I will be completely honest.
My attitude toward democracy has somewhat improved after reading this book because I increasingly see liberalism as the problem that ails the West. We never got the chance to vote on countless things like mass immigration, political correctness, multiculturalism, gay marriage, etc. Those key decisions were all made on behalf of the public by our elites. The British voted for BREXIT and Americans voted for Trump’s agenda and look what happened.
The following excerpt comes from Simon Reid-Henry’s book Empire of Democracy, The Remaking of the West Since the Cold War, 1971-2017:
“On a troubled and lonely late-night flight across the country on Air Force One in September 1995, President Clinton “ambled back to the press Cabin,” reported one of the journalists present, and confided to the rest of the press pack that the country seemed to him in something of a “funk”; not down, by a long way, but out of kilter. In Europe as well, admist the new prosperity, there could be no denying the almost palpable sense that public life had somehow lost its soul. Something strange had transpired amid the post-Cold War peace dividend and what seemed to many Westerners, at the height of the 1990s, as the economic boom of ages. Confidence in democracy was not growing stronger; it was ebbing slowly away.
One basic indicator of these underlying concerns was a sharpening erosion of civil trust. In 1964, 78 percent of Americans believed they could “trust” Washington to do what was right; by 1994 that number had fallen to just 19 percent. In fact it wasn’t just the system but its representatives that were facing an historic decline in popular faith. Faith in democratic principles remained strong but surveys repeatedly placed politicians and political parties near the bottom of the pile of trustworthiness. Even in Sweden, where 60 percent of respondents to an election study in 1968 said they thought that political parties were interested in people’s opinions, not just their votes, it transpired that by 1994 only 25 percent of Swedes still thought this. The decline in respect for the political class fostered a more general disengagement from politics as well, since where political trust was lower, voter turnout tended to be lower also. After 1990 voter turnout in national elections declined nearly everywhere, until it reached its lowest postwar average of 62 percent in 2001. Political polls told their own story too: beginning in the 1990s, fewer and fewer people were prepared to take part in them.”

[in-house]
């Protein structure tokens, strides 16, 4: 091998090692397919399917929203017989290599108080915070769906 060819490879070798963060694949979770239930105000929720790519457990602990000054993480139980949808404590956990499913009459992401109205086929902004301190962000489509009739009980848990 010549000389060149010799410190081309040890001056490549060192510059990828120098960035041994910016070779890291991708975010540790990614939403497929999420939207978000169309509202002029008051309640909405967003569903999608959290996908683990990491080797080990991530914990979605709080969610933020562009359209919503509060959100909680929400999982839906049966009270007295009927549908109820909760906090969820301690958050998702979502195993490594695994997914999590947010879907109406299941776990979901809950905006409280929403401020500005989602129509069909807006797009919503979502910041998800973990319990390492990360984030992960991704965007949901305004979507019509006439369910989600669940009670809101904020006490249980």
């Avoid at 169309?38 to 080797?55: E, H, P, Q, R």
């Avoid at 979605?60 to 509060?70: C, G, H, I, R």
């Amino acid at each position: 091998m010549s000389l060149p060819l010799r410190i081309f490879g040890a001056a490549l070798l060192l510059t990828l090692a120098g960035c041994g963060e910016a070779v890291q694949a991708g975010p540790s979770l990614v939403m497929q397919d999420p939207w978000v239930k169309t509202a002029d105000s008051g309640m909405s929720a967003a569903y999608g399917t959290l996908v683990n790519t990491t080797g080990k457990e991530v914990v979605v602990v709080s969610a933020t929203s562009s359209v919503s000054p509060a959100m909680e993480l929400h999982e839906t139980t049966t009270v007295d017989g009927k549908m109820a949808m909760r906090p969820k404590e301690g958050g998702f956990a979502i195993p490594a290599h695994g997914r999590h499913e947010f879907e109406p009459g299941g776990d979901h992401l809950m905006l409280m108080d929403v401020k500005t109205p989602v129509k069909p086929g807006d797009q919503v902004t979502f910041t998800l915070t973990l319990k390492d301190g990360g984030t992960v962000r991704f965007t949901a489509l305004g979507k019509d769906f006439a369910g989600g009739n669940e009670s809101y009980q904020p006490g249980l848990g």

In the postwar era, liberalism dissolved the guardrails around democracy, which had previously been grounded in the nation-state and bounded and stabilized by it. These countries all used to be racially and culturally homogeneous and high trust societies.
America could no longer be a White European Christian country. It was decided that was “racism” and “white supremacy.” The same is true of Australia which could no longer be a White European Christian country or France or Ireland or Sweden, etc. Somewhere around the 1960s, liberalism became the foundation of the social order, not the traditional combination of race, ethnicity, culture, religion, history which had previously formed our national identities.
Millions of Third World immigrants flooded into North America, Europe and Australia in the process eroding the social fabric and the relative voting power of natives. Every non-White immigrant that arrived in Ireland cancelled the vote of an Irishman. This process has been turning democracy into a tool of dispossession. What’s more, every time the public got fed up with this and voted for change it ended up not mattering because some judge unilaterally nullified their voice or politicians were bought off. Liberal democracy has ceased to be democratic. Strangely, it is not very liberal either anymore and relies on authoritarian methods to suppress criticism.
What do you call “liberal democracy” when it is neither liberal or democratic and is ruled by a technocratic elite that is despised by the public and rules by repression and without a popular mandate? It seems like “authoritarian oligarchy” is the more accurate description.